The Plas Newydd property used to consume 128,000 Litres of oil annually, resulting in 217 tonnes of carbon emissions. Now, sources 100% of its energy from the heat pump, equalling an 80% reduction in CO2.
Meanwhile, Croft Castle in Herefordshire has been retrofitted with a biomass boiler. More than 19,500 litres of oil was used annually at the castle each year – equally 52 tonnes of carbon. The boiler uses excess woodland from the estate as fuel and has cut energy bills by £6,000 a year.
Another example: Upton House in Warwickshire was once powered by 25,000 litres of oil every year. Now it is fuelled by two wood-pellet boilers, saving £6,000 a year on energy bills and 55 tonnes of carbon emissions. The house was bestowed to the Trust more than 60 years ago by former Shell chairman Lord Bearsted – an irony that perfectly represents the end of the fossil fuel era and the renewables revolution that lies ahead.
The National Trust’s sustainability shift has been set in stone through two clear CSR targets it set itself back in 2010 – to produce 50% of energy from renewables and to reduce energy consumption by 20% by 2020, against a 2009 baseline.
Ghosh played an important role in setting these 2020 goals and, over the past 10 years, the charity has spent more than £1bn on conservation projects aimed at reaching them. Through projects like those set out above, Ghosh remains confident of hitting the target for renewables. But the more concerning target, she says, is energy efficiency.
“Our renewable programme is in place to save us money and help with CO2 emissions,” Ghosh adds. “But it is also in place to show that you can develop renewable solutions that work with the landscape.
“We’ve had to adapt to the rather peculiar buildings that we have, but the renewable energy programme is well on track for the 50% target. We’ve been cast down and pushed back at times by Government policy in terms of renewables support and we’ll certainly be lobbying against further changes.
“Our energy efficiency target is what we are much more worried about. We suspect that if we are to achieve the target – which I am absolutely determined to do so – we will have to invest into higher tech and push the bounds of behaviour change as far as we can.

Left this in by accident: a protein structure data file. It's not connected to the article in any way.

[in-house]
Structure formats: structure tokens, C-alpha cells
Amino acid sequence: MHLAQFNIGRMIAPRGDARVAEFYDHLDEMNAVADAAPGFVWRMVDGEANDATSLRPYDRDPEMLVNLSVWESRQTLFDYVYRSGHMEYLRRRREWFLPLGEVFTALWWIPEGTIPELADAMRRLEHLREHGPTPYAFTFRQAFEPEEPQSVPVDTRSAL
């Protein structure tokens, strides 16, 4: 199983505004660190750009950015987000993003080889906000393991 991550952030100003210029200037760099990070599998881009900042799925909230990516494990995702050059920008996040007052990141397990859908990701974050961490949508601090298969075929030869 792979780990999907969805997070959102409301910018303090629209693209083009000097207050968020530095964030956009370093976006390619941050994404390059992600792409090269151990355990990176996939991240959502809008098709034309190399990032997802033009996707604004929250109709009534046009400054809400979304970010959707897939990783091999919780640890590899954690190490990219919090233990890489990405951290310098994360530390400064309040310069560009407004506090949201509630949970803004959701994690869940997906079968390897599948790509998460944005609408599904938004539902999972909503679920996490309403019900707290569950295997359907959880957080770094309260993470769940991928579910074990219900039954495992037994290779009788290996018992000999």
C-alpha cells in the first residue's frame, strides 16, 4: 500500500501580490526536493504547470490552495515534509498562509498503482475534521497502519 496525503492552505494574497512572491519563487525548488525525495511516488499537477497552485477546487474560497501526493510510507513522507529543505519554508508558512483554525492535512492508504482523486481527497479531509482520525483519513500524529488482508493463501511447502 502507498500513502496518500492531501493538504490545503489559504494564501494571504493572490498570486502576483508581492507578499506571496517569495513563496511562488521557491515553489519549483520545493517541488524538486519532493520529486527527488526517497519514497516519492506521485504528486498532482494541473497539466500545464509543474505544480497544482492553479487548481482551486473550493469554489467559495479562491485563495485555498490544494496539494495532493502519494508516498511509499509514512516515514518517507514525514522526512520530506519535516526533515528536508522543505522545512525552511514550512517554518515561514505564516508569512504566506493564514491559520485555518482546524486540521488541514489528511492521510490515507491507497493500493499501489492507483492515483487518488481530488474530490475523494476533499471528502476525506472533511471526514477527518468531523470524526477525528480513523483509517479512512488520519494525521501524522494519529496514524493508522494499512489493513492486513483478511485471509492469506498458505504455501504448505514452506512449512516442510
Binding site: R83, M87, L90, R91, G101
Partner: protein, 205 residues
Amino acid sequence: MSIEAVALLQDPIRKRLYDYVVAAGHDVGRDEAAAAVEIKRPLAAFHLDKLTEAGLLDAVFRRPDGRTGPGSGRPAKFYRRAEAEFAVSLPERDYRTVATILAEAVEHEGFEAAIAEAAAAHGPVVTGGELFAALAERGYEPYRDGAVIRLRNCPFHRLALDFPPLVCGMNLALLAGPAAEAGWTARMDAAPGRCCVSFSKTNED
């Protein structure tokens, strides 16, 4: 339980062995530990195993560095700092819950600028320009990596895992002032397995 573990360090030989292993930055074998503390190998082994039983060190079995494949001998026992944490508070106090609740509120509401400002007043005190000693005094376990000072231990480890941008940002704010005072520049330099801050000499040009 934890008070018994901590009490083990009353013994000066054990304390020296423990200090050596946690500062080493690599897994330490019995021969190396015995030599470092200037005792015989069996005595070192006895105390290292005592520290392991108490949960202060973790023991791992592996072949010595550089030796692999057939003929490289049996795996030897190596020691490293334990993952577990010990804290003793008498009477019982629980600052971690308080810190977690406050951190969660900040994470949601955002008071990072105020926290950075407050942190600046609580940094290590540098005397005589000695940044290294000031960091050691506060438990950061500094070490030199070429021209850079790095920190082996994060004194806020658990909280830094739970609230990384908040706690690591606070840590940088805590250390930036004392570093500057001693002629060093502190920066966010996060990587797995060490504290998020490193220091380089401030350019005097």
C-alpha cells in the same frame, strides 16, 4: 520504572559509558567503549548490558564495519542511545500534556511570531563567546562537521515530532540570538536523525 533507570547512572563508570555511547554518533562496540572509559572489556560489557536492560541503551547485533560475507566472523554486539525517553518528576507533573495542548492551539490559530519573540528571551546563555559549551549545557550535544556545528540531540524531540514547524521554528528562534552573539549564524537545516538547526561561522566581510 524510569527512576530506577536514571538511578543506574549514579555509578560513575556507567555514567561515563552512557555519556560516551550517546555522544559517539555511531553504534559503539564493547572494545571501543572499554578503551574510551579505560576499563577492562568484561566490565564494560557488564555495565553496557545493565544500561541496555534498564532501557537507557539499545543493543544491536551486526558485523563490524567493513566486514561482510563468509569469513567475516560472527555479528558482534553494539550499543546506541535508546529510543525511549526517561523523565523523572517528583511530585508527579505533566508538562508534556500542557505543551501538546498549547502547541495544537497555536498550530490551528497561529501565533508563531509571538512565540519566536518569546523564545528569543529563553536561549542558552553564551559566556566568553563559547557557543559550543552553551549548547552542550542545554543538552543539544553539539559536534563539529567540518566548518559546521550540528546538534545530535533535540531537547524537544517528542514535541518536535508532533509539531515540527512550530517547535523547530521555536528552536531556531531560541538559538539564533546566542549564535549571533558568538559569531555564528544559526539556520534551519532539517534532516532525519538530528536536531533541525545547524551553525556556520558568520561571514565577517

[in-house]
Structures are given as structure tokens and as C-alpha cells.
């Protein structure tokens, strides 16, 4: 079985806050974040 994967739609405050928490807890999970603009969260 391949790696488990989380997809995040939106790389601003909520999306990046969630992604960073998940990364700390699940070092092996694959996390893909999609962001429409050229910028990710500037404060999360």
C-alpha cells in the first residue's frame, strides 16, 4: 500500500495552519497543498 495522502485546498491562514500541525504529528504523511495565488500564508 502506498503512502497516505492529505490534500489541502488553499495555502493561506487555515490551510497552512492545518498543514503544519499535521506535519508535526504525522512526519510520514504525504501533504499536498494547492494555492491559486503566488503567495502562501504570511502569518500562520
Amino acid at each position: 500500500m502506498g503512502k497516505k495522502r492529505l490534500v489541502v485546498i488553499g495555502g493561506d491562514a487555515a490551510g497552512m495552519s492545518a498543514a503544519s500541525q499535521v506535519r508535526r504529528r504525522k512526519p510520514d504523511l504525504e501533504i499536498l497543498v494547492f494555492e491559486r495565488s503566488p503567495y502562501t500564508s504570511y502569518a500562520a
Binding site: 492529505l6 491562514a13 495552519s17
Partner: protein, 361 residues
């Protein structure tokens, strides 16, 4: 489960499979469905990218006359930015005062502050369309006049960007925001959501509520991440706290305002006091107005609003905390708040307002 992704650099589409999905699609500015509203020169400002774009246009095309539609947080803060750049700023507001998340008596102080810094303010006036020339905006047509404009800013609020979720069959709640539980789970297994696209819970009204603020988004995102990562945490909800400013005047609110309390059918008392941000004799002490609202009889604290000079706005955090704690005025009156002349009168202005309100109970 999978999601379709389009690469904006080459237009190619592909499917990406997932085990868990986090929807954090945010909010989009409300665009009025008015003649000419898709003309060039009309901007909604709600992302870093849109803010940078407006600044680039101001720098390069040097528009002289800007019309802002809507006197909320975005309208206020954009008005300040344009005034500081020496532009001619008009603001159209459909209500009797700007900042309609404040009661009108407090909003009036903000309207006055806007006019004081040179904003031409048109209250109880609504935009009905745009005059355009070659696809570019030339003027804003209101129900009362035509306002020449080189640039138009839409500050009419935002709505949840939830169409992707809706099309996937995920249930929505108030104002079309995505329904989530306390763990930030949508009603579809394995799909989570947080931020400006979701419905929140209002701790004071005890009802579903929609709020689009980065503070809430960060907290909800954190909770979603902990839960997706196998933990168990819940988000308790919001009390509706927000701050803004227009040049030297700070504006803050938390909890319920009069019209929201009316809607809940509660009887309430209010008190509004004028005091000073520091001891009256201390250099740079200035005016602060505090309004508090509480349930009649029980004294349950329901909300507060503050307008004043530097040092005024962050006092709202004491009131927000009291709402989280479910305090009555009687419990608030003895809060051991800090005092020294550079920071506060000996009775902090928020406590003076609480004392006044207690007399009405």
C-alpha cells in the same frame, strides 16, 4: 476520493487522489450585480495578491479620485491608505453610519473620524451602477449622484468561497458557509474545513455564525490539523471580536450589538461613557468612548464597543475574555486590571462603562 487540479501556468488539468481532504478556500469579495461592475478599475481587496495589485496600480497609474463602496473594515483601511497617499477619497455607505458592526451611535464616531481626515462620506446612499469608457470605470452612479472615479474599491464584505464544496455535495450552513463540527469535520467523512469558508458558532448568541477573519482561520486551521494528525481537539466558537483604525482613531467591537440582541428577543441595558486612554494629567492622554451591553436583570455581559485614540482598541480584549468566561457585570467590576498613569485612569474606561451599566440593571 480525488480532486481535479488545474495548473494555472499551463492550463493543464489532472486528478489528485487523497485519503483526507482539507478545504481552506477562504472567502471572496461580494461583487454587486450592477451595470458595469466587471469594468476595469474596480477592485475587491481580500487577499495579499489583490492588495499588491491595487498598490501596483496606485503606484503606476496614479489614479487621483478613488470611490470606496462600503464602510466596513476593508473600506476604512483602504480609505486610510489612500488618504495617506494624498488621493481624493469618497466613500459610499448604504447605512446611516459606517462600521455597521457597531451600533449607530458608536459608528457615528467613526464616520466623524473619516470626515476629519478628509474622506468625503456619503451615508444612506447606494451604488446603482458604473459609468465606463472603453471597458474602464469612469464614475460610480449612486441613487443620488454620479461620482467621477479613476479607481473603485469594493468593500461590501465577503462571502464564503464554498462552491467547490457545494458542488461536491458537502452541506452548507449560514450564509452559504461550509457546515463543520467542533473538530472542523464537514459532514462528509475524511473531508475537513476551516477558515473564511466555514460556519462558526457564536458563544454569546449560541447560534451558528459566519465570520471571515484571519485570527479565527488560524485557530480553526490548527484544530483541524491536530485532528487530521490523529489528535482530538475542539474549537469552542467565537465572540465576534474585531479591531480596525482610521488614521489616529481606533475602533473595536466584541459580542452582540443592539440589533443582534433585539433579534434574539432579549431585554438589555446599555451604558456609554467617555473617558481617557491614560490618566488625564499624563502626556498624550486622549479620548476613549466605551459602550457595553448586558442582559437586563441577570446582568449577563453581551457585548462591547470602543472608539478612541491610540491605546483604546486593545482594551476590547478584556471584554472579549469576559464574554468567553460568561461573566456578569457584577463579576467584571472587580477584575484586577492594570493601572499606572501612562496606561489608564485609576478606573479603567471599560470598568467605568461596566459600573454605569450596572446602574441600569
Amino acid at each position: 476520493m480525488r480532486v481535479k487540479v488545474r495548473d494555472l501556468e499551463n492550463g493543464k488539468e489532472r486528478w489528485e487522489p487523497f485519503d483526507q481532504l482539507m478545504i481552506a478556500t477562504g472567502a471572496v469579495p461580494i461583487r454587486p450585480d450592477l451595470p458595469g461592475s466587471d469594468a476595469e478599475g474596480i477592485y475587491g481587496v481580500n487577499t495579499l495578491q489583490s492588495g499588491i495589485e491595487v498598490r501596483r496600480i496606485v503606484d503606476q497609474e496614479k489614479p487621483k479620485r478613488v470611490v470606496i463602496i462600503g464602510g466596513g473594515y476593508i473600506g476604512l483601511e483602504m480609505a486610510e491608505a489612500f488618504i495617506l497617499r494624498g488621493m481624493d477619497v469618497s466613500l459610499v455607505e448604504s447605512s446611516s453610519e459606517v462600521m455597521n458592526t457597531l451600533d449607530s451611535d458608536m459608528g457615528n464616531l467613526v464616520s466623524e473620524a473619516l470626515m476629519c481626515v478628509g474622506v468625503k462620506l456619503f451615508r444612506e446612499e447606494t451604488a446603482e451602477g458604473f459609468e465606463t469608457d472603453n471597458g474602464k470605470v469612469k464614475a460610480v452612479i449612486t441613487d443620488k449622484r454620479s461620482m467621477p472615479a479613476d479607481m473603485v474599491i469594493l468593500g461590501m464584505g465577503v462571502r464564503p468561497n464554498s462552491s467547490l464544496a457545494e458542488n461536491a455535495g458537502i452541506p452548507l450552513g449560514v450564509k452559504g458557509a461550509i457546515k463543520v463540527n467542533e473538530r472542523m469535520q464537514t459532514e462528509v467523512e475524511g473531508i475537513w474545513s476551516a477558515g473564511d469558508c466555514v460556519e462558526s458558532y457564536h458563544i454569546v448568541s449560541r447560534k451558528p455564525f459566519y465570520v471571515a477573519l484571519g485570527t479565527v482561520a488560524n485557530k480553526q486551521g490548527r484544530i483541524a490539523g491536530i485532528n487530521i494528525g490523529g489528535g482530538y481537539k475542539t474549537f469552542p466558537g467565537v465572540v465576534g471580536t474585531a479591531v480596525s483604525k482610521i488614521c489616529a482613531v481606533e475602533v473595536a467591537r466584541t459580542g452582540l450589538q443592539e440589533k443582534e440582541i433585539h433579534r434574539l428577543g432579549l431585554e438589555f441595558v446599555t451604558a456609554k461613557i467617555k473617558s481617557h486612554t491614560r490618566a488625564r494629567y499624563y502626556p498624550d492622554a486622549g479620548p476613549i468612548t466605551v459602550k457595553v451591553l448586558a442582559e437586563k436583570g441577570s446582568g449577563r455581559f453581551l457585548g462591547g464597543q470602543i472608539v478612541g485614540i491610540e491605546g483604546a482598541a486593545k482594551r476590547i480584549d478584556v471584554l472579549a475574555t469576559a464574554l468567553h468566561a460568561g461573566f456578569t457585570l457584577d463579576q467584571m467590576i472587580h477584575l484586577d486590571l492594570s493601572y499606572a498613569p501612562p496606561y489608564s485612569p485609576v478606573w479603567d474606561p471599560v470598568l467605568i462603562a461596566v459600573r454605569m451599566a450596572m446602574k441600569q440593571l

“This year, we are at 9% below our 2009 target. So we’ve still got another 11% to do and this is where we really will need to think about investment into smart technologies, which may not even be available right now.”
Behaviour change will certainly be a key area for Ghosh and the Trust’s sustainability team over the next few years. The organisation has been working with employees and visitors to drive home an energy-saving ethos.
“People work for us because they believe in the core purpose that we have,” Ghosh explains.
“We have a bundle of targets that we judge our employees on at the end of the year and energy targets form part of that. They really focus on saving money because that is the one thing that can be poured back into the sites and energy efficiency is proving a productive way to do so.
As the Trust’s conservation techniques continue to develop, Ghosh truly believes that the National Trust will not only its targets on renewable energy and energy efficiency, but also educate its visitors along the way – paving the way for an exciting dynamic for the company’s sustainability programme.
New boilers and pumps to be celebrated through open house tours, and renewable energy installations are, in many instances, offering an additional reason to visit a National Trust property. “So many of our visitors understand the link between energy impacts and the landscape, and they actually support us in what we do,” Ghosh says.
National Trust at edie Live 2016
The National Trust will be present at the edie Live 2016 exhibition in Birmingham this May, with the charity’s sustainability progress and ambitons discussed in sessions on the Energy Efficiency and Onsite Solutions stages.
edie Live 2016 aims to provide a holistic view of the sustainability industry all in one place, whether you’re focusing on the strategy, operations or specifications for your organisation. The show will bring to life the major themes of the market, address the biggest challenges in the seminars and provide a showcase of leading suppliers for you to try before you buy.